Denmark and a bridge too far

Denmark and a bridge too far

Dark dramas and captivating Scandi Crimes are something of a Danish TV specialty. Not only has Denmark brought the world The Killing and Borgen, but it is also responsible for five other Emmy-winning drama series, many of which are Scandinavian crime dramas.

So you may be surprised to learn that Denmark was recently voted the happiest country to live in in the world and the fourth best for quality of life.

It is also a holiday haven: an incredibly safe and relaxed country and there’s never far to go to the next great experience, be it fun, challenging or full of things to learn.

All across the country you’ll find a wide variety of family-friendly accommodation, accessible restaurants, efficient services and welcoming staff. From world-renowned attractions such as Legoland, to unique experiences, such as ghostly tours of castle dungeons or a week in a prairie wagon, Denmark has something for the whole family.

Home of the Vikings, Lego and Hans Christian Andersen, Denmark is an affluent and unspoiled country with a great balance between modern, urban living and the great outdoors.

Denmark’s climate is milder than Norway, Sweden or Finland’s and is closer to that of Germany, Holland or Belgium than that of its Nordic neighbours. Its landscape is not quite as rugged or dramatic as the rest of Scandinavia, but it still has areas of outstanding natural beauty.

Denmark’s capital, Copenhagen, is a city for all seasons which attracts visitors year-round. Peak travel is around July and August, but there is always something going on in the ultra-hip capital. Grab breakfast in the Toverhallerne Market, or take a trip to Christiania, the city within the city which was set up by a commune of free spirits and hippies in the 70s. Other attractions in the area include Bakken, the world’s oldest amusement park, Tivoli and the Blue Planet Aquarium for nature lovers.

Tourists also regularly flock to the Little Mermaid statue, inspired by the classic Hans Christian Andersen tale. Copenhagen also has a buzzing live music scene, with a variety of genres taking over venues all around the city, whether you’re looking for a wild night at the jazz club or more modern, electronic music, you’ll find an eclectic mix available.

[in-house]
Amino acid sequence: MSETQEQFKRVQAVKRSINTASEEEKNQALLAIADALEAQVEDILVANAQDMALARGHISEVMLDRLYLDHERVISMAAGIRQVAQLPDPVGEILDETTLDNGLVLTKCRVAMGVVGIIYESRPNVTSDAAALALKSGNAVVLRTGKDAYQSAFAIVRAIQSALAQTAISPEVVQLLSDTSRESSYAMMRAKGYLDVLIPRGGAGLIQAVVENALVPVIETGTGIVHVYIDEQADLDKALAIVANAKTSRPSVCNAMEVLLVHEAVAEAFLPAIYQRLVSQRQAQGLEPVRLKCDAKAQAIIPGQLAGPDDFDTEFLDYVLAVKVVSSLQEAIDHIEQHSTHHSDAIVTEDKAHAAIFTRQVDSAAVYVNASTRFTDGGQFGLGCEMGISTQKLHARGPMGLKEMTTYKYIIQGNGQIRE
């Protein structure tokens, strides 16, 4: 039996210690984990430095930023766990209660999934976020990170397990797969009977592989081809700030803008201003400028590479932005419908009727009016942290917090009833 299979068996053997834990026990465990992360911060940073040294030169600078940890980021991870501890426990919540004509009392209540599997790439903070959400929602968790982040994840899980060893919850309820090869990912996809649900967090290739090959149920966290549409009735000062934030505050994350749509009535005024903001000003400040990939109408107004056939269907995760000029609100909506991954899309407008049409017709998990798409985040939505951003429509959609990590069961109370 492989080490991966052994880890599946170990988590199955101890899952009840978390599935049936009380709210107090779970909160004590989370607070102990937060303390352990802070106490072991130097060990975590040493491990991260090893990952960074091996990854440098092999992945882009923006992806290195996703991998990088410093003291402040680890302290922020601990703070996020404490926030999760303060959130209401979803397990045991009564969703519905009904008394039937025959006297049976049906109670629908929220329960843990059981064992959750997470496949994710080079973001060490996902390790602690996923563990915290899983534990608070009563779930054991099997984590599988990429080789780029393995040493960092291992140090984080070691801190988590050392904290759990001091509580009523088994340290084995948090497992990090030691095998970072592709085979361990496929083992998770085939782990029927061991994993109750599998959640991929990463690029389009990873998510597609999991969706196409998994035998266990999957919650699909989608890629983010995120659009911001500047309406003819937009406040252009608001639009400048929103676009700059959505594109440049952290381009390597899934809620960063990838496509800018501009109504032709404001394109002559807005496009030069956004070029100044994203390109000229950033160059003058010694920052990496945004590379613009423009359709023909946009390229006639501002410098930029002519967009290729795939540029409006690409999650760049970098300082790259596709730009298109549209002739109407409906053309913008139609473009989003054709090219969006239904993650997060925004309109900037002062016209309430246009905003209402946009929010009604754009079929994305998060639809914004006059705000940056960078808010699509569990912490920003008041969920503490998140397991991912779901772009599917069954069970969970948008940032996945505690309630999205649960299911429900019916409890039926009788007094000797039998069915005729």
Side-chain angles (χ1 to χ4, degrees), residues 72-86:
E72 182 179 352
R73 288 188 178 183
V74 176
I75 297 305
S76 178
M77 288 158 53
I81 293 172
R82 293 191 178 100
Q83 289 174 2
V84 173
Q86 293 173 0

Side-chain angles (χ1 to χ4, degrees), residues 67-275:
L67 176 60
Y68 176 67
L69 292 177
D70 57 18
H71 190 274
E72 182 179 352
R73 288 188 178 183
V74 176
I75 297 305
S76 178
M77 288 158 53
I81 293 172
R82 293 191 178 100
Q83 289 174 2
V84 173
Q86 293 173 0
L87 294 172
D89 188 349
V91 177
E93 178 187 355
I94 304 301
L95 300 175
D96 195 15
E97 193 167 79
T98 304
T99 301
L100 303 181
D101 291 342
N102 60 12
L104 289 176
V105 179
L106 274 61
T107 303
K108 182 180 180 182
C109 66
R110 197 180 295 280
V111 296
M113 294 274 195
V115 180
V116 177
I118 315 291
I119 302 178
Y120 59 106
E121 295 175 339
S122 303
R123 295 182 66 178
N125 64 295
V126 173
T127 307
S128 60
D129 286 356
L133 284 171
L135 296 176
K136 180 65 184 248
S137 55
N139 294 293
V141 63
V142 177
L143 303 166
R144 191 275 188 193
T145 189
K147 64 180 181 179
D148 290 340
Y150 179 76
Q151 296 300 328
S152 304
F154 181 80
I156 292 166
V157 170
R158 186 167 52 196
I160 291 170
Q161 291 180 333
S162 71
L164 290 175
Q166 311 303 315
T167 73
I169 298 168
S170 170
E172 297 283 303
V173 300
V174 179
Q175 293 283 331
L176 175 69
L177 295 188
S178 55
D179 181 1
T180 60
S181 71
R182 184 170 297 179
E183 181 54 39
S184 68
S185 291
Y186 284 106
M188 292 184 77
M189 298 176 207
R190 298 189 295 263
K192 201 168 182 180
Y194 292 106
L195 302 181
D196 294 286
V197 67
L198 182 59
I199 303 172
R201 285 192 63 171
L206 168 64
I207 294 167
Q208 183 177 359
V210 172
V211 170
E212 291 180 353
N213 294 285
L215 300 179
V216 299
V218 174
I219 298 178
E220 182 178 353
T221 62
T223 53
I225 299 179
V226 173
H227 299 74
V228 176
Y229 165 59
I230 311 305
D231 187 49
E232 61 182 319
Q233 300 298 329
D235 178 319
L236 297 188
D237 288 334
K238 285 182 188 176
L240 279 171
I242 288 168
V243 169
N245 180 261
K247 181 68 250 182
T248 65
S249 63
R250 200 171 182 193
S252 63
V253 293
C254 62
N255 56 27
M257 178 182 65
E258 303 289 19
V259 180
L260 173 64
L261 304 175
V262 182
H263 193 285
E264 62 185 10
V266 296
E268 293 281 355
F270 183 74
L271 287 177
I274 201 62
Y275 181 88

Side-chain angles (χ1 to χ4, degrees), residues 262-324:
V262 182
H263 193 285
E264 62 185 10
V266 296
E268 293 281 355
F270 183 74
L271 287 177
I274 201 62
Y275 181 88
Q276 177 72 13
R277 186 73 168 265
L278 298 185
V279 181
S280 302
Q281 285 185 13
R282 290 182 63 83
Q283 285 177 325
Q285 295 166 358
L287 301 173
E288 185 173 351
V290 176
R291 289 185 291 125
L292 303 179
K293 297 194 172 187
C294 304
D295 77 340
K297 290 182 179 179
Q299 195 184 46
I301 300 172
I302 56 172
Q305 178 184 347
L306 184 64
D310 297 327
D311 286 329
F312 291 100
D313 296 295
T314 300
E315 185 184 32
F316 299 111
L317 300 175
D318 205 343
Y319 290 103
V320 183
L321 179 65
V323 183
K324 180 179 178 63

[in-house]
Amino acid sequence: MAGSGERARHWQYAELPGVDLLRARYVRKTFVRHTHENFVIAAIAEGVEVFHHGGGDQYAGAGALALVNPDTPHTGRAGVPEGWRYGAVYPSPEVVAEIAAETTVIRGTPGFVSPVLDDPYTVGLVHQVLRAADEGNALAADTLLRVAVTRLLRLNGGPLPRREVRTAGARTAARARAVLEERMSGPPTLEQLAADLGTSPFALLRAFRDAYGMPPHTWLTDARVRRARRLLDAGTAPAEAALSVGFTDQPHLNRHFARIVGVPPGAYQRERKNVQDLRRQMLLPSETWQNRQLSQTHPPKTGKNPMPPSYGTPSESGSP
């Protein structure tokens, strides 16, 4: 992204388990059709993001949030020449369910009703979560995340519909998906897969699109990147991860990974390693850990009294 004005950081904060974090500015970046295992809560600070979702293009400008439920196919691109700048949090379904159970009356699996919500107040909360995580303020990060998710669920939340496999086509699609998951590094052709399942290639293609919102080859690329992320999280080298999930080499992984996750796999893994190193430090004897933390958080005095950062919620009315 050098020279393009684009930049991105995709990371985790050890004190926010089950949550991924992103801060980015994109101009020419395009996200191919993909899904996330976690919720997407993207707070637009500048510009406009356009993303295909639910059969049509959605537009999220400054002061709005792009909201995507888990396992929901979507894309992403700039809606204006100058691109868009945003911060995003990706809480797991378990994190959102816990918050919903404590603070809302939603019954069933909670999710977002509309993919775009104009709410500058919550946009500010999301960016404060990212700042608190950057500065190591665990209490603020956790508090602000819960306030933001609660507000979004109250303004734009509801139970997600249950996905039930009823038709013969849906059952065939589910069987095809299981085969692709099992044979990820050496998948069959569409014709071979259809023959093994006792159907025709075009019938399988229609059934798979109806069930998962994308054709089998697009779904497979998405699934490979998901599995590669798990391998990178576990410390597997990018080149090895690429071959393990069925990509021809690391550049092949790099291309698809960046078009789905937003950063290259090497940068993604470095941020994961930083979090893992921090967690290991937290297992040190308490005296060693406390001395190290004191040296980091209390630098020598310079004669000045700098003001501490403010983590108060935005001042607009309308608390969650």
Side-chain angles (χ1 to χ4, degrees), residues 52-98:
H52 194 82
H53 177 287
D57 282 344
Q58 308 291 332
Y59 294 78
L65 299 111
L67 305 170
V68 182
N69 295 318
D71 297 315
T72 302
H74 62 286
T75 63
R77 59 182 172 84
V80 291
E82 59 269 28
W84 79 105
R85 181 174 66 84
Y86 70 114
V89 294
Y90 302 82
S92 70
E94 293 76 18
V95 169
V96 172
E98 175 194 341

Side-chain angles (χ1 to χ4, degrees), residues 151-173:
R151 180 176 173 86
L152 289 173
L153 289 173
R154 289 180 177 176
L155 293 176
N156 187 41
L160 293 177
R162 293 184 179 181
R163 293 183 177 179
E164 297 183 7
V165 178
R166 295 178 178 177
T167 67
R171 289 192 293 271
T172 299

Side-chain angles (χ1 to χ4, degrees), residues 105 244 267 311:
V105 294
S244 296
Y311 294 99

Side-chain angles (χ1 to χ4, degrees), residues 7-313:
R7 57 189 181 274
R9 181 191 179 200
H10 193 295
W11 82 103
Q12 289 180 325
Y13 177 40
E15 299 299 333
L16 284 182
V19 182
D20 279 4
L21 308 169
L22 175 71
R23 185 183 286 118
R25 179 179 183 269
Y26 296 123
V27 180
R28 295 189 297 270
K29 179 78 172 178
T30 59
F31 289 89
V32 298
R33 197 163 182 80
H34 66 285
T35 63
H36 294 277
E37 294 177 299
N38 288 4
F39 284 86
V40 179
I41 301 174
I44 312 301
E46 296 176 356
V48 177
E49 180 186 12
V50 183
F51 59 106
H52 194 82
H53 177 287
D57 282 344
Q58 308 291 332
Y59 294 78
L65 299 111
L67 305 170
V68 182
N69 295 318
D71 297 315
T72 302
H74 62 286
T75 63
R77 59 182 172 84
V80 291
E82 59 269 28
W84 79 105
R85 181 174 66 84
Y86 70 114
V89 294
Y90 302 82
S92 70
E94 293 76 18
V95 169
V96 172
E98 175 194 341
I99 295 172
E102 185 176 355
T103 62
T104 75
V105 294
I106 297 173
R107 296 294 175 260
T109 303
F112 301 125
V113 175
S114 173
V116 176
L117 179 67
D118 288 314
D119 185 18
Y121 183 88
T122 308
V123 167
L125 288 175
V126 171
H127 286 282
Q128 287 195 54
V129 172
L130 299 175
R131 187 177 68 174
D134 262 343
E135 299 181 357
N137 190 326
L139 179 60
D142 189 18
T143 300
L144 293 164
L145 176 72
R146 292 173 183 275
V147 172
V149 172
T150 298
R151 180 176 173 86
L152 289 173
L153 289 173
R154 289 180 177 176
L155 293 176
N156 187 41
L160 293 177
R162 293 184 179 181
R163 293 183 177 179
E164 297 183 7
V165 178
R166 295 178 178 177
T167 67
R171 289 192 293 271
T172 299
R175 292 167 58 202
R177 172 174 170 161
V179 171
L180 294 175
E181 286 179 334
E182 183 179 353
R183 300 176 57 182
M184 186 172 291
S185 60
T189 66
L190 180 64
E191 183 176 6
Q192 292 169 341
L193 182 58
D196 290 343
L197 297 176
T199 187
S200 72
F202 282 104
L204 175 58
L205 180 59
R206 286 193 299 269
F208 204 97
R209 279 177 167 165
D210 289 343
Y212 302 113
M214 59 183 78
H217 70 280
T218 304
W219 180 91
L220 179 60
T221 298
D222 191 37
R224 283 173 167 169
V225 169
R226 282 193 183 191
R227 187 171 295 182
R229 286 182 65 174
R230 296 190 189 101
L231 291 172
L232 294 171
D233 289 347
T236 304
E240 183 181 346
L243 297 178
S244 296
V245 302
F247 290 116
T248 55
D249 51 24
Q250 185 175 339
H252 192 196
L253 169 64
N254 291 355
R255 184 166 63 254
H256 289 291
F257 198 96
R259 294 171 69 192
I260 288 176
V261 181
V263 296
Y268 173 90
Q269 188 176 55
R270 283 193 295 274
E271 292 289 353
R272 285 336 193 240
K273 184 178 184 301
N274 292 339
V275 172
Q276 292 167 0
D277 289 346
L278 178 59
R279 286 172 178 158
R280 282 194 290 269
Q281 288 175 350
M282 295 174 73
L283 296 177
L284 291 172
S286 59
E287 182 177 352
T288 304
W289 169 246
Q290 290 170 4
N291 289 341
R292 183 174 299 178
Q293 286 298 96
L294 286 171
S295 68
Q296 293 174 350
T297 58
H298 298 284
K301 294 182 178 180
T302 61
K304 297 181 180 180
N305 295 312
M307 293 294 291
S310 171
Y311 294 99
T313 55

Denmark is not all about Copenhagen; however, other big cities include Aalborg and Aarhus, which both have plenty to do for tourists of all ages. Take your car across to Denmark and you can experience driving through the Marguerite Route. The Marguerite route provides an excellent itinerary for people on a driving holiday in Denmark.

Follow a scenic journey around Denmark, taking in ruins, castles, museums, Viking towns and villages, museums, forests and stunning coastlines. The route is marked with road signs with a yellow and white marguerite daisy on a brown background. Just one small section of the route is on a motorway, the rest of the route meanders through the countryside or hugs the coast to show off the very best views of Denmark.

It is accessible for cars and motorbikes but is occasionally a narrow road making it difficult for caravans and buses. You could, of course, choose shorten your driving holiday and split the route down and do sections of the route such as Jutland.

A different sort of visitor attraction is the Oresund Bridge which takes you to Sweden.

It sounds out of this world, but Denmark has a bridge that disappears underwater! The Øresund Bridge, which connects Denmark to Sweden, was the original location for The Bridge TV series. Take in great views of the unique Øresund Bridge from Amager Beach, south of Copenhagen or the coast road to the north of Denmark’s capital.

Certainly to cross it is on my bucket list!